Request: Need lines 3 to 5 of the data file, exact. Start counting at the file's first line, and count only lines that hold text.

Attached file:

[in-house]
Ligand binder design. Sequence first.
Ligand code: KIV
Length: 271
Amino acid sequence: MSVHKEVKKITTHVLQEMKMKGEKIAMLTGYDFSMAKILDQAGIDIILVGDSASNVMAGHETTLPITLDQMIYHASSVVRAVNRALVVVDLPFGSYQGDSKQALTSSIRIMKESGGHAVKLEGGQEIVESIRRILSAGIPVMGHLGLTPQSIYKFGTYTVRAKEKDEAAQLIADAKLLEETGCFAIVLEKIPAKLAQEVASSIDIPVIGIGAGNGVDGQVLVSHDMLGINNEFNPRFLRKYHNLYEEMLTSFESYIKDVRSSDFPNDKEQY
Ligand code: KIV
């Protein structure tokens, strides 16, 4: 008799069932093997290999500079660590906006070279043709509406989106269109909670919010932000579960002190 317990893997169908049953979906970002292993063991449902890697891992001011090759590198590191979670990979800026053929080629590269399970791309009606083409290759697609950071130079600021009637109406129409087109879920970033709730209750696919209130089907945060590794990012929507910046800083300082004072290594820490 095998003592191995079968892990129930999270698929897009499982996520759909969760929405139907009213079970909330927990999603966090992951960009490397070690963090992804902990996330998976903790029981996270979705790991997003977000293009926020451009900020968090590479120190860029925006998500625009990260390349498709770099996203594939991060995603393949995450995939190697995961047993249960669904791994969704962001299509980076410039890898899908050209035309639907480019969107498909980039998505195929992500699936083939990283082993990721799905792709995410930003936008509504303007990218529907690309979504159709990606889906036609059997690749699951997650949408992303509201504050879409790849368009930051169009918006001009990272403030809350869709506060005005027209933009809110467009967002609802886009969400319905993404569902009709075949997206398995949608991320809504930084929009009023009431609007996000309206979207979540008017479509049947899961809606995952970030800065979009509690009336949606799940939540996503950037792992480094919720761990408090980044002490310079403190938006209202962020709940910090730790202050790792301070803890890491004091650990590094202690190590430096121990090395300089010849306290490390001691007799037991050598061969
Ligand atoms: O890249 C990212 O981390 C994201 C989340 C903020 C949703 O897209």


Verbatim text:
Ligand code: KIV
Length: 271
Amino acid sequence: MSVHKEVKKITTHVLQEMKMKGEKIAMLTGYDFSMAKILDQAGIDIILVGDSASNVMAGHETTLPITLDQMIYHASSVVRAVNRALVVVDLPFGSYQGDSKQALTSSIRIMKESGGHAVKLEGGQEIVESIRRILSAGIPVMGHLGLTPQSIYKFGTYTVRAKEKDEAAQLIADAKLLEETGCFAIVLEKIPAKLAQEVASSIDIPVIGIGAGNGVDGQVLVSHDMLGINNEFNPRFLRKYHNLYEEMLTSFESYIKDVRSSDFPNDKEQY